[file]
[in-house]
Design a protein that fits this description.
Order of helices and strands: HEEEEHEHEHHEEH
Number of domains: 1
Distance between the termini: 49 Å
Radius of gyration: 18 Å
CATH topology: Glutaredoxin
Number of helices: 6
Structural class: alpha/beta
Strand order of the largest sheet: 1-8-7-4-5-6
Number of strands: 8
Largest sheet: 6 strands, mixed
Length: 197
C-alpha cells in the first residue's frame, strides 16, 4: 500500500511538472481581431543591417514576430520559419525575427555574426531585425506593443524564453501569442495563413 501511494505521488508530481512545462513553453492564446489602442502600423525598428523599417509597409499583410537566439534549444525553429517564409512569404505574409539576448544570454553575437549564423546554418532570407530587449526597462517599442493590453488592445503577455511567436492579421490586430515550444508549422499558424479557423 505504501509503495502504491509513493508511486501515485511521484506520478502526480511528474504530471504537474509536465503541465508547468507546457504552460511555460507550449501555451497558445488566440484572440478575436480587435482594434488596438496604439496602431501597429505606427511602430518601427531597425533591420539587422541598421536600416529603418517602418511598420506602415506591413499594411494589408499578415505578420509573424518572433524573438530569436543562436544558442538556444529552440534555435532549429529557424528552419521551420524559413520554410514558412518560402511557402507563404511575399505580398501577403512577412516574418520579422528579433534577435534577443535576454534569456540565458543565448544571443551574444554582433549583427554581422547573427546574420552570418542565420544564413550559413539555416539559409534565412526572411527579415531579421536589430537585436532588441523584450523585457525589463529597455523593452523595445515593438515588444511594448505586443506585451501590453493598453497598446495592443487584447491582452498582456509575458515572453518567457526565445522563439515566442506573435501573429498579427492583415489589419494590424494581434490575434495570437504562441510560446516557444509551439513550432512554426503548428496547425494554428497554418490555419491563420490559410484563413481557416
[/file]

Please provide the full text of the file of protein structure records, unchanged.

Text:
[in-house]
Design a protein that fits this description.
Order of helices and strands: HEEEEHEHEHHEEH
Number of domains: 1
Distance between the termini: 49 Å
Radius of gyration: 18 Å
CATH topology: Glutaredoxin
Number of helices: 6
Structural class: alpha/beta
Strand order of the largest sheet: 1-8-7-4-5-6
Number of strands: 8
Largest sheet: 6 strands, mixed
Length: 197
C-alpha cells in the first residue's frame, strides 16, 4: 500500500511538472481581431543591417514576430520559419525575427555574426531585425506593443524564453501569442495563413 501511494505521488508530481512545462513553453492564446489602442502600423525598428523599417509597409499583410537566439534549444525553429517564409512569404505574409539576448544570454553575437549564423546554418532570407530587449526597462517599442493590453488592445503577455511567436492579421490586430515550444508549422499558424479557423 505504501509503495502504491509513493508511486501515485511521484506520478502526480511528474504530471504537474509536465503541465508547468507546457504552460511555460507550449501555451497558445488566440484572440478575436480587435482594434488596438496604439496602431501597429505606427511602430518601427531597425533591420539587422541598421536600416529603418517602418511598420506602415506591413499594411494589408499578415505578420509573424518572433524573438530569436543562436544558442538556444529552440534555435532549429529557424528552419521551420524559413520554410514558412518560402511557402507563404511575399505580398501577403512577412516574418520579422528579433534577435534577443535576454534569456540565458543565448544571443551574444554582433549583427554581422547573427546574420552570418542565420544564413550559413539555416539559409534565412526572411527579415531579421536589430537585436532588441523584450523585457525589463529597455523593452523595445515593438515588444511594448505586443506585451501590453493598453497598446495592443487584447491582452498582456509575458515572453518567457526565445522563439515566442506573435501573429498579427492583415489589419494590424494581434490575434495570437504562441510560446516557444509551439513550432512554426503548428496547425494554428497554418490555419491563420490559410484563413481557416